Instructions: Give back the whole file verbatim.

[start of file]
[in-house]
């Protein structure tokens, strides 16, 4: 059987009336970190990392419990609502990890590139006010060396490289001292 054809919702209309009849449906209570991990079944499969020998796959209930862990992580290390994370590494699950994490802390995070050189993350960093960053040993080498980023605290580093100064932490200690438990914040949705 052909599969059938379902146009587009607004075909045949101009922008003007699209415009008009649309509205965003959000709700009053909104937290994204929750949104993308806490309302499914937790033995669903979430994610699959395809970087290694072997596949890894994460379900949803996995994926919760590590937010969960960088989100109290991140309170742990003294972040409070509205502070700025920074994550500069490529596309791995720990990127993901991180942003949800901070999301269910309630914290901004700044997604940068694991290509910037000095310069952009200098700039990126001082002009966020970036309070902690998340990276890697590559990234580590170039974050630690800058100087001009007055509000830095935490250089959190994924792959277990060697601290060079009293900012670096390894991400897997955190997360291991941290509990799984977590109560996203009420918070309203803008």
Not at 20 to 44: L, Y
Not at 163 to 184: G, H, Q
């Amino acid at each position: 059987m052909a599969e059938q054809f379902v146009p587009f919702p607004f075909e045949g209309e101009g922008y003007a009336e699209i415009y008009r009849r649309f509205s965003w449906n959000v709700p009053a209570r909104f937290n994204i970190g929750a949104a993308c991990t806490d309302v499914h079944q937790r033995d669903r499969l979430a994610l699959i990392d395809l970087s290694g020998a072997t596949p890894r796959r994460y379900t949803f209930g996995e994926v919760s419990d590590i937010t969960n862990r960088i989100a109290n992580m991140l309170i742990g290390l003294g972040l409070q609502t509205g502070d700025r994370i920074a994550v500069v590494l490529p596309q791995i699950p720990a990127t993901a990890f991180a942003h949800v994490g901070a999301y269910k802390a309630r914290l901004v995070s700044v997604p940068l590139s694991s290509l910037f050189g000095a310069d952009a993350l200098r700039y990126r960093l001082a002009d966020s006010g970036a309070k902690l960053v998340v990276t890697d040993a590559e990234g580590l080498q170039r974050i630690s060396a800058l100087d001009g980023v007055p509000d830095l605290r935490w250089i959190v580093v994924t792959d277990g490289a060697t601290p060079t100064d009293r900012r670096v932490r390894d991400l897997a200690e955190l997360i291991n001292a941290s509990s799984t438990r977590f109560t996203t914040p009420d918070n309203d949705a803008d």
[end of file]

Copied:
[in-house]
């Protein structure tokens, strides 16, 4: 059987009336970190990392419990609502990890590139006010060396490289001292 054809919702209309009849449906209570991990079944499969020998796959209930862990992580290390994370590494699950994490802390995070050189993350960093960053040993080498980023605290580093100064932490200690438990914040949705 052909599969059938379902146009587009607004075909045949101009922008003007699209415009008009649309509205965003959000709700009053909104937290994204929750949104993308806490309302499914937790033995669903979430994610699959395809970087290694072997596949890894994460379900949803996995994926919760590590937010969960960088989100109290991140309170742990003294972040409070509205502070700025920074994550500069490529596309791995720990990127993901991180942003949800901070999301269910309630914290901004700044997604940068694991290509910037000095310069952009200098700039990126001082002009966020970036309070902690998340990276890697590559990234580590170039974050630690800058100087001009007055509000830095935490250089959190994924792959277990060697601290060079009293900012670096390894991400897997955190997360291991941290509990799984977590109560996203009420918070309203803008």
Not at 20 to 44: L, Y
Not at 163 to 184: G, H, Q
């Amino acid at each position: 059987m052909a599969e059938q054809f379902v146009p587009f919702p607004f075909e045949g209309e101009g922008y003007a009336e699209i415009y008009r009849r649309f509205s965003w449906n959000v709700p009053a209570r909104f937290n994204i970190g929750a949104a993308c991990t806490d309302v499914h079944q937790r033995d669903r499969l979430a994610l699959i990392d395809l970087s290694g020998a072997t596949p890894r796959r994460y379900t949803f209930g996995e994926v919760s419990d590590i937010t969960n862990r960088i989100a109290n992580m991140l309170i742990g290390l003294g972040l409070q609502t509205g502070d700025r994370i920074a994550v500069v590494l490529p596309q791995i699950p720990a990127t993901a990890f991180a942003h949800v994490g901070a999301y269910k802390a309630r914290l901004v995070s700044v997604p940068l590139s694991s290509l910037f050189g000095a310069d952009a993350l200098r700039y990126r960093l001082a002009d966020s006010g970036a309070k902690l960053v998340v990276t890697d040993a590559e990234g580590l080498q170039r974050i630690s060396a800058l100087d001009g980023v007055p509000d830095l605290r935490w250089i959190v580093v994924t792959d277990g490289a060697t601290p060079t100064d009293r900012r670096v932490r390894d991400l897997a200690e955190l997360i291991n001292a941290s509990s799984t438990r977590f109560t996203t914040p009420d918070n309203d949705a803008d």